For myself personally the objective in attending, and by attending thereby contributing, to a good party is to get out of control. Most of the really intense club parties mentioned here so far really offered that wide open sense of being kind of libration zones. The main two categories of answers to the problem of the club party scene going soft - to make your own thing happen or to move to another city, with all due respect to the suggestors of those answers, are quantitative responses to the problem that bring their own proportions of drawbacks. I'm not saying both answers could not be fulfilling (though I really lean towards making your own thing happen over moving out). Leaving NYC really means the big adventure of changing your life again and really I think Lex is very right with saying the types of performance productions and over all creativity that still yet reign here have it over the other major crazyopolises most people think of (Moscow is probably the only Euro destination that has totally whacked out liberation zones going on right now and trying to set your life up there is well, not for the even marginally practical-minded at the moment). I would just sum up slightly differently what many here have been saying, that this city is always mutating, constantly decaying and building up simultaneously, and the club parties that live during any one era are in part a response and engine of that process. So by its very nature the enjoyment of what the city has to offer is a transitory exercise that necessitates that one moves around and through the scene experiencing. If I experience even one totally live person during a foray into the current scene I feel completely optimistic about it even when I have the general sense the scene is in a diminshed mode at present.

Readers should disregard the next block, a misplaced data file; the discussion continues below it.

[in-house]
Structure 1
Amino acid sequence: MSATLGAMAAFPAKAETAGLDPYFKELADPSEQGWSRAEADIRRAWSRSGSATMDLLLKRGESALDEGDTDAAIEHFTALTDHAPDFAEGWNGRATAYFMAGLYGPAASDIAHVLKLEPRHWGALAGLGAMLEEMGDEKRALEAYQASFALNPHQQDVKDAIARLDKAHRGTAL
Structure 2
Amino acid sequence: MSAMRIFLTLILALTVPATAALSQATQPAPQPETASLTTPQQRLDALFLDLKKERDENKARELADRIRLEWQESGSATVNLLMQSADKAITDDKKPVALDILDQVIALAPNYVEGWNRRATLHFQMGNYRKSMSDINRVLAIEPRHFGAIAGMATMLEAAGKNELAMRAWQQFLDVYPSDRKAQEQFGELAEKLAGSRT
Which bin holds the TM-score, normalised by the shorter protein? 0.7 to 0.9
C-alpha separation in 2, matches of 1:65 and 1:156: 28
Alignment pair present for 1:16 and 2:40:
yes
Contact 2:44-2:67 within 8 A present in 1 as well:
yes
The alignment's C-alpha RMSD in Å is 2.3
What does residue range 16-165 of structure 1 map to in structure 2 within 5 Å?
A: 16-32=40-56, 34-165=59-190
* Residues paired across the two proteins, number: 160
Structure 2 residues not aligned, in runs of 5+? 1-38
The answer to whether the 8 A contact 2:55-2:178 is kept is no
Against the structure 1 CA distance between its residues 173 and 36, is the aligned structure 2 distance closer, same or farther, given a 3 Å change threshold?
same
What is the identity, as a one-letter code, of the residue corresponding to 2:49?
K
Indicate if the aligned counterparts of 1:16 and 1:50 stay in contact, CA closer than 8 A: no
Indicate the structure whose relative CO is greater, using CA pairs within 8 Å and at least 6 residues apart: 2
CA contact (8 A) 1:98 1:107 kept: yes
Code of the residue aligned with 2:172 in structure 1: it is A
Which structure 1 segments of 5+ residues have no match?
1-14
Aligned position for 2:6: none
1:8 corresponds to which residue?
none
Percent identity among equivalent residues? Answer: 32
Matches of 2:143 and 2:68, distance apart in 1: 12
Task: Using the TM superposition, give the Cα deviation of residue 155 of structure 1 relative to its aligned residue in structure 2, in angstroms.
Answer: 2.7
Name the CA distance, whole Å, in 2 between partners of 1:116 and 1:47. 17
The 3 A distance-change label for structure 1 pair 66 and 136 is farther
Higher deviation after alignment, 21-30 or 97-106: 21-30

Great post, Seven! You must be related to Seven of Nine, one my favorite Star Trek characters. Fierce!

Also I forgot to mention that throwing parties is not the answer for everyone. If you are such a person, then just keep going out and supporting. That's what it's all about.
Since I have been here, I have seen parties come and go and seen People come in and go out of scenes...
I think this is somewhat normal for NYC but I also feel that longing.